Next, the attorneys general argued that the CDC violated the law by issuing the mandate without going through notice and comment rulemaking. The CDC said it invoked the good-cause exception to skip that. However, the brief noticed that the agency offered no specifics to explain this and “this Court has been careful to avoid blessing a freestanding pandemic exception to notice and comment procedures.” Additionally, there was no need to hurry since the CDC didn’t issue the mandate until “almost thirteen months since the Secretary of Health and Human Services had declared a public health emergency.”
The attorneys general said the mandate is arbitrary and capricious for several reasons. It contains “numerous exceptions that CDC did not explain or justify,” and violates the CDC’s own procedures which allow the agency to act only if local measures are inadequate. The CDC failed to explain why “why a two-year old was covered but a younger child was not,” or “why eating and drinking were excepted, but other activities were not.”
Brnovich has aggressively challenged COVID-19 restrictions and mandates. He sued the Biden administration over its COVID-19 vaccine mandate for federal workers and a federal district court judge agreed, striking it down. He led a coalition of 13 other states suing the Biden administration over the mandate for healthcare workers, and led a coalition of 11 states suing over the mandate for private businesses.
He filed a brief challenging Gov. Doug Ducey’s lockdown order closing bars, which became moot when Ducey ended the pandemic restrictions. Last September, Brnovich issued a legal opinion that the city of Tucson’s vaccine mandate for employees was illegal.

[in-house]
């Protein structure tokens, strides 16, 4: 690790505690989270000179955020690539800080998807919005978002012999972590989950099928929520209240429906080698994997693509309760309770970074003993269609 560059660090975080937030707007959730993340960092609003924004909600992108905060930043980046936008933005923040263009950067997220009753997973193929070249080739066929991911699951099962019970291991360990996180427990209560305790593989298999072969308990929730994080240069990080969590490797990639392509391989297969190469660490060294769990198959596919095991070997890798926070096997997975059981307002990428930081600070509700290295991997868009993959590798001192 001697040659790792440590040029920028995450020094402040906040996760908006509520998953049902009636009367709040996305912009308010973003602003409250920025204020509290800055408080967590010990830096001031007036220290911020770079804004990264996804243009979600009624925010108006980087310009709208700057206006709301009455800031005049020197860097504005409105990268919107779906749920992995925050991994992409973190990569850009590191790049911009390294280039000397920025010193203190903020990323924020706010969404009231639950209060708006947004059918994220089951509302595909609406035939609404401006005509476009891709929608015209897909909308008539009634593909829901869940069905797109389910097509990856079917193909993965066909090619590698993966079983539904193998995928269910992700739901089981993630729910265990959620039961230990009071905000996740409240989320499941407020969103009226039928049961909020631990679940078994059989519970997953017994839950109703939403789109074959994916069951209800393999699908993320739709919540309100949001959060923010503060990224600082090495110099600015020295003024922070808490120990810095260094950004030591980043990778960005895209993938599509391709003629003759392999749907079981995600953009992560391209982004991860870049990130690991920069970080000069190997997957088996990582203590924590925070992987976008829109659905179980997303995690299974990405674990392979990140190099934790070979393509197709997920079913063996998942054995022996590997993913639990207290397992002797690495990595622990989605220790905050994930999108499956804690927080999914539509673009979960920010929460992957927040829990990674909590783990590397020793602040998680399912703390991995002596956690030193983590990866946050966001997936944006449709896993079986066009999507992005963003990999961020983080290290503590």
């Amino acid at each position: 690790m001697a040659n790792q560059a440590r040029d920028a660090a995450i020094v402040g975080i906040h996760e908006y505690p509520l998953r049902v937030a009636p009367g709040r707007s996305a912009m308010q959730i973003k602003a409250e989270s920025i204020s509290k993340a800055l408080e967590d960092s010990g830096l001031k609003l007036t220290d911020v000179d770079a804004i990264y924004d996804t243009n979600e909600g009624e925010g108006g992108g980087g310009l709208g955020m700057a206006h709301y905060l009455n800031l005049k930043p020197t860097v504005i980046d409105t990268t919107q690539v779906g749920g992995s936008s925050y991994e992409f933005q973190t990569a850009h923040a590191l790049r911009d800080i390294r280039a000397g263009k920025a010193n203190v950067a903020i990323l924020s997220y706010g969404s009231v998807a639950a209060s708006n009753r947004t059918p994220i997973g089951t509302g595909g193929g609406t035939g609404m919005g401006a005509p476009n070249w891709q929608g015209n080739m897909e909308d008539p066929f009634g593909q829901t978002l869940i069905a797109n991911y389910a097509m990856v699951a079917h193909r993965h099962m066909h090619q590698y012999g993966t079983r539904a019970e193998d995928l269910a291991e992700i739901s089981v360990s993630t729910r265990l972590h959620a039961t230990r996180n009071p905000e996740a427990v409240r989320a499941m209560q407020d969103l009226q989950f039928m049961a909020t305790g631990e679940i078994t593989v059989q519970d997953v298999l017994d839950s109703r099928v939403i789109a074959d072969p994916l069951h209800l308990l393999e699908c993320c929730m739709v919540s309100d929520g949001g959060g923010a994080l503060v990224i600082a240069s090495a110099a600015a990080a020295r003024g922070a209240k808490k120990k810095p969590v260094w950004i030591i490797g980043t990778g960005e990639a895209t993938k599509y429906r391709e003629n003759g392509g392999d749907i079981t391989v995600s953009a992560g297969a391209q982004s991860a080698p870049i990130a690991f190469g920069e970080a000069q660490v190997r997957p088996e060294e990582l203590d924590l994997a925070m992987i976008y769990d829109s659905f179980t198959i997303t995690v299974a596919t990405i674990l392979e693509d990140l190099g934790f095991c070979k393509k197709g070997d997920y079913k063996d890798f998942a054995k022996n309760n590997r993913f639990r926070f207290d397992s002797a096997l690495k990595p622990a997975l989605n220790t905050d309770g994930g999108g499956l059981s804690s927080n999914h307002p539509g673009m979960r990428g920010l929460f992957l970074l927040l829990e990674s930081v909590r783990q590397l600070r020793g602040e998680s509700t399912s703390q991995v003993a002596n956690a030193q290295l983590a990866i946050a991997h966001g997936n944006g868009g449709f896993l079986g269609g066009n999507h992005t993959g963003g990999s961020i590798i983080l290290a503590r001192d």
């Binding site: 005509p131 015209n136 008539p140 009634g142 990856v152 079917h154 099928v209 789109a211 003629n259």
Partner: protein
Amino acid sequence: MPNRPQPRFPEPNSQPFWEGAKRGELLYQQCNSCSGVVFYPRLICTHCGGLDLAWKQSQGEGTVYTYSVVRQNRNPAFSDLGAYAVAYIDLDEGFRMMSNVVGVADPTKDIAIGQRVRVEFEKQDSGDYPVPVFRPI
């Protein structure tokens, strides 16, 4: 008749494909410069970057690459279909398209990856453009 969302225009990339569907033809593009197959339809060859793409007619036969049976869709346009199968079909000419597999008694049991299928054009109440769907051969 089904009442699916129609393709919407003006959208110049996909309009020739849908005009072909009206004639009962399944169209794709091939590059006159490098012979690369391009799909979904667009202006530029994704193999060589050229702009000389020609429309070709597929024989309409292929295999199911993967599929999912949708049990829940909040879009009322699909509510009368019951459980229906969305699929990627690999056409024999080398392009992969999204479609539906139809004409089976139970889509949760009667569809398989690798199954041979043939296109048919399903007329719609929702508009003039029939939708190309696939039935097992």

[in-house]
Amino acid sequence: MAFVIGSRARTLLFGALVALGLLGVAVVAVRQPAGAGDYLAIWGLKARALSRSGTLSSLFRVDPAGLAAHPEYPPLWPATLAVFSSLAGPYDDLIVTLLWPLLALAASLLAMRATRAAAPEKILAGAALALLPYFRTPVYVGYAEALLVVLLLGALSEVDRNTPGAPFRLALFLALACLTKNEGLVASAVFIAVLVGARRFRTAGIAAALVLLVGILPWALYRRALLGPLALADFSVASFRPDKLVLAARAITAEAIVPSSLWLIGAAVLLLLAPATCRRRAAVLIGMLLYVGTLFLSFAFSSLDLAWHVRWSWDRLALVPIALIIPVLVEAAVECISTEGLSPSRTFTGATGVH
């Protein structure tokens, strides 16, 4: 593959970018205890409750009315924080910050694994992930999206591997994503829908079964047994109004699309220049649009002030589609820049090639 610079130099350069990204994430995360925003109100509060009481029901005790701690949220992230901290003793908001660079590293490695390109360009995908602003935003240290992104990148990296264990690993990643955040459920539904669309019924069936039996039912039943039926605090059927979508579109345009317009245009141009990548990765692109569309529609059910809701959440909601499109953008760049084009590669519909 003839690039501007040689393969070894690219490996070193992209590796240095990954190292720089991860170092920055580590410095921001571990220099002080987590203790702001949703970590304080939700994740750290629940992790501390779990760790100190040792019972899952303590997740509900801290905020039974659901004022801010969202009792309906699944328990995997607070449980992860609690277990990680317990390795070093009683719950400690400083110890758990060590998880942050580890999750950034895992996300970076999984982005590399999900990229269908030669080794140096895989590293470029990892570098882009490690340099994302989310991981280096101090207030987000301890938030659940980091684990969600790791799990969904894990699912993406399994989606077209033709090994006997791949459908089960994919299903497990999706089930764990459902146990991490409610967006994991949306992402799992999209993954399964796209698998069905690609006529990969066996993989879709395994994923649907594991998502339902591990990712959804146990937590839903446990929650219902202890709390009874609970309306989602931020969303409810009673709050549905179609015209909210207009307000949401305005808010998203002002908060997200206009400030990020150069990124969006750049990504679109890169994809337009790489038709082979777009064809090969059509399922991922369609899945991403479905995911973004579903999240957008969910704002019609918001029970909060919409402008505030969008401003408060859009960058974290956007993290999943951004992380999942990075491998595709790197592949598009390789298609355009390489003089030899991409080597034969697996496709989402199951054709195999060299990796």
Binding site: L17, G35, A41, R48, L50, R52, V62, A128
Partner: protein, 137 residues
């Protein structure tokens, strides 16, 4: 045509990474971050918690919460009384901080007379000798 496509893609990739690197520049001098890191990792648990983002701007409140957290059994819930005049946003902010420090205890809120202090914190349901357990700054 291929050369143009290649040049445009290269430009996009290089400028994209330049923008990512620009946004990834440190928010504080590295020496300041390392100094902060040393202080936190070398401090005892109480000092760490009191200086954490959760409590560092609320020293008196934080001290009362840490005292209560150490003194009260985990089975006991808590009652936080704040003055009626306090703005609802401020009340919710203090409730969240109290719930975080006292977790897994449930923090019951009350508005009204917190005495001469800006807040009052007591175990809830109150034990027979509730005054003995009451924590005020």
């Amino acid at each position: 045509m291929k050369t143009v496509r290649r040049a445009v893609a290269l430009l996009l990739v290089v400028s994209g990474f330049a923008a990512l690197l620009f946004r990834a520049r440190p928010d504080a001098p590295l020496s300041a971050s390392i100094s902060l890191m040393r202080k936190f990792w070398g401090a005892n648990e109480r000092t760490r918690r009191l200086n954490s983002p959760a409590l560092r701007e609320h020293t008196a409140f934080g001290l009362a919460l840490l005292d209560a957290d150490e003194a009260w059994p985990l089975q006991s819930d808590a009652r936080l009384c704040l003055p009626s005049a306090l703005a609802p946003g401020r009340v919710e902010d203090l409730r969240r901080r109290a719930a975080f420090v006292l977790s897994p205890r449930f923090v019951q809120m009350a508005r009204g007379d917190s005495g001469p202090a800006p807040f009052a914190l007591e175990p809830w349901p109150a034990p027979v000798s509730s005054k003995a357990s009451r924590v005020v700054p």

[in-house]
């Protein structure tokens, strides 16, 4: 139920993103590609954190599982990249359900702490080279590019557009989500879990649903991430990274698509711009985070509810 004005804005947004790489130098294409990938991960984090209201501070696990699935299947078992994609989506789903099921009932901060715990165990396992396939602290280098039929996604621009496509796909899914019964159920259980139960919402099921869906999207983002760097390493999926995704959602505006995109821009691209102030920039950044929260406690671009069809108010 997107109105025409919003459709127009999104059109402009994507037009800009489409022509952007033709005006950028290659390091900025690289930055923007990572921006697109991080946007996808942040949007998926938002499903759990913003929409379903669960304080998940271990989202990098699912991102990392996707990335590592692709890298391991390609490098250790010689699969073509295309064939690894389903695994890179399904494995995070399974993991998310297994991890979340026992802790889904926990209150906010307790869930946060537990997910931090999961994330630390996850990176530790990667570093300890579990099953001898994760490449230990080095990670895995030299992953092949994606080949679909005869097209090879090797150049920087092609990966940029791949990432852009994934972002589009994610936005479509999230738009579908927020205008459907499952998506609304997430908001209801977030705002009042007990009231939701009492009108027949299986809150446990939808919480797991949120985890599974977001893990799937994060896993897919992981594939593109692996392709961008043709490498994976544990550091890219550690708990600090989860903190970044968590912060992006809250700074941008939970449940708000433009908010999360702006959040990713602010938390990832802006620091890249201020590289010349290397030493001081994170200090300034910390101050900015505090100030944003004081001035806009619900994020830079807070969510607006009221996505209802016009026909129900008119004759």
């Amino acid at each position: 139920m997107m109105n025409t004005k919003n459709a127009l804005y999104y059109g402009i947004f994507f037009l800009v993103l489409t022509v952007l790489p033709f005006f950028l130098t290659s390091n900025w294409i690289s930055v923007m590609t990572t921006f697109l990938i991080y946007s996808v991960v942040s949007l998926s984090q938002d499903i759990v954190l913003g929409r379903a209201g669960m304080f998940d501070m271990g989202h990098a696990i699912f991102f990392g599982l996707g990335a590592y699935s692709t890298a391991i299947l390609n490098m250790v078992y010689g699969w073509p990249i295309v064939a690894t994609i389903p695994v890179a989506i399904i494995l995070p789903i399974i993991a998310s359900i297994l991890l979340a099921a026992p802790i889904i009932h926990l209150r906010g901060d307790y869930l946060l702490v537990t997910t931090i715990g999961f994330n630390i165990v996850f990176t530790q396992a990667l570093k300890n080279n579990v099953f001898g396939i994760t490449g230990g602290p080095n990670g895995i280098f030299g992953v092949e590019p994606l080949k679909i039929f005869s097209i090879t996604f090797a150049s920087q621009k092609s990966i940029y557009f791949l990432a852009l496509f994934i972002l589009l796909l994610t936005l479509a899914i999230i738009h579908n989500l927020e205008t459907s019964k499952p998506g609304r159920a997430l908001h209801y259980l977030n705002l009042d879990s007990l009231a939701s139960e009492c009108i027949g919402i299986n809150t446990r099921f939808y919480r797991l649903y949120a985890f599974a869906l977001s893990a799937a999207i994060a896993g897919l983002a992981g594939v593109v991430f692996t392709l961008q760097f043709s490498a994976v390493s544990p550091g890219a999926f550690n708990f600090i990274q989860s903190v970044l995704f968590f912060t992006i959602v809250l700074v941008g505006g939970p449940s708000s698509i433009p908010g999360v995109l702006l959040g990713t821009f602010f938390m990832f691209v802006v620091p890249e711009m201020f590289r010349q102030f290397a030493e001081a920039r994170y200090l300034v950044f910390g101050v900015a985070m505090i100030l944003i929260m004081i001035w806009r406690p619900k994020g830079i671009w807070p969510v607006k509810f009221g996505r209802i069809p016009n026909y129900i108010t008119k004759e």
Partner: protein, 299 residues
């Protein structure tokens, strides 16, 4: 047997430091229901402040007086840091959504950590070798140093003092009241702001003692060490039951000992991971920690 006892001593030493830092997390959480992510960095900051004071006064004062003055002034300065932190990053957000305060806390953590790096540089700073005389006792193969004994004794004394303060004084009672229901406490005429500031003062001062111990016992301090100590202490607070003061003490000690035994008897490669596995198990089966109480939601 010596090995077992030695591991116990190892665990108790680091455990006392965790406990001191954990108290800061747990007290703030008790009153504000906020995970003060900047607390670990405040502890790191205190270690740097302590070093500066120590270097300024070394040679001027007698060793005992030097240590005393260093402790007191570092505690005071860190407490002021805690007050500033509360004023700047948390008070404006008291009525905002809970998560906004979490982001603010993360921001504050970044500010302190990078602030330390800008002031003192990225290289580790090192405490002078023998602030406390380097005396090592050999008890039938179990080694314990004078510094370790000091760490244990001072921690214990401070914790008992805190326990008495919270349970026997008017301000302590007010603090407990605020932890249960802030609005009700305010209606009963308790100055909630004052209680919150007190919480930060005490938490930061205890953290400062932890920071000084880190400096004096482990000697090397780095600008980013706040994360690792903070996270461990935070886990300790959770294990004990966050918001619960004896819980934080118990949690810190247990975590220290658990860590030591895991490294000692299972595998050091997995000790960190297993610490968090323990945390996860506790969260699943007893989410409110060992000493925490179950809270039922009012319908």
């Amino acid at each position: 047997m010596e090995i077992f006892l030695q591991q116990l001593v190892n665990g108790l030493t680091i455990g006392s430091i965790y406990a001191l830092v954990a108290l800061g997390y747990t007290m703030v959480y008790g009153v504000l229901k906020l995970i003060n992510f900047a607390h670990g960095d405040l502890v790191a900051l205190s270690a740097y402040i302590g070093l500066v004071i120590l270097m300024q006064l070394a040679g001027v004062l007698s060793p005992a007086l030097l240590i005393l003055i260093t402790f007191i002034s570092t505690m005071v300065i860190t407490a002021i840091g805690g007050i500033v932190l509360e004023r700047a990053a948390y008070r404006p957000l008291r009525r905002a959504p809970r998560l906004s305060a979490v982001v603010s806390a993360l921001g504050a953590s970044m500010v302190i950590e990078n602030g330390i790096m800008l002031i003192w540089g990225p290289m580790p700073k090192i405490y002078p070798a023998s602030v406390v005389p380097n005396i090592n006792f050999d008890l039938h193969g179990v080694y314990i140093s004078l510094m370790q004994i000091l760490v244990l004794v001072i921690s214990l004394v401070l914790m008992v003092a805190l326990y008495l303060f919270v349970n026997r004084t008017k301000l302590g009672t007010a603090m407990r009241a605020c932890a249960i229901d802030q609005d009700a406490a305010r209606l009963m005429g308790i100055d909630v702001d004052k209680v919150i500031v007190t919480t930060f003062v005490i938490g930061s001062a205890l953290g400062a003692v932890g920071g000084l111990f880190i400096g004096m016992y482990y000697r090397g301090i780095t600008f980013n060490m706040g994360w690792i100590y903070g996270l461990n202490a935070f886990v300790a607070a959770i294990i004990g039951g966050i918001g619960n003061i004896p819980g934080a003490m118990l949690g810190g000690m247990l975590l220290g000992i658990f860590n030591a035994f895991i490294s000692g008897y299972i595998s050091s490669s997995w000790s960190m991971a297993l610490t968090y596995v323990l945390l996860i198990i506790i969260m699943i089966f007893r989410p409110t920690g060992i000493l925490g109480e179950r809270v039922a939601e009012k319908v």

A source inside the Arizona attorney general’s office who preferred not to be identified told The Arizona Sun Times that the lawsuits against the Biden administration were deliberately filed separately. The intent was to get Biden’s lawyers to respond and show their cards in the first lawsuit, so Brnovich would know their strategy when he filed the second lawsuit and any others that may become necessary.
Both federal and local governments have been gradually dropping their COVID-19 restrictions and mandates as the pandemic recedes. The CDC dropped most of its mask guidance and its quarantining and screening recommendations on Thursday. Greta Massetti, an author of the guidelines, stated, “The current conditions of this pandemic are very different from those of the last two years.”
Masks are no longer recommended except in areas where community transmission is deemed high, or if a person is considered at high risk of severe illness. People no longer need to distance themselves six feet from others and do not need to quarantine if they come into contact with an affected person. The recommendation that schools test every day was dropped. Locally, most school districts have dropped masking requirements, making them optional.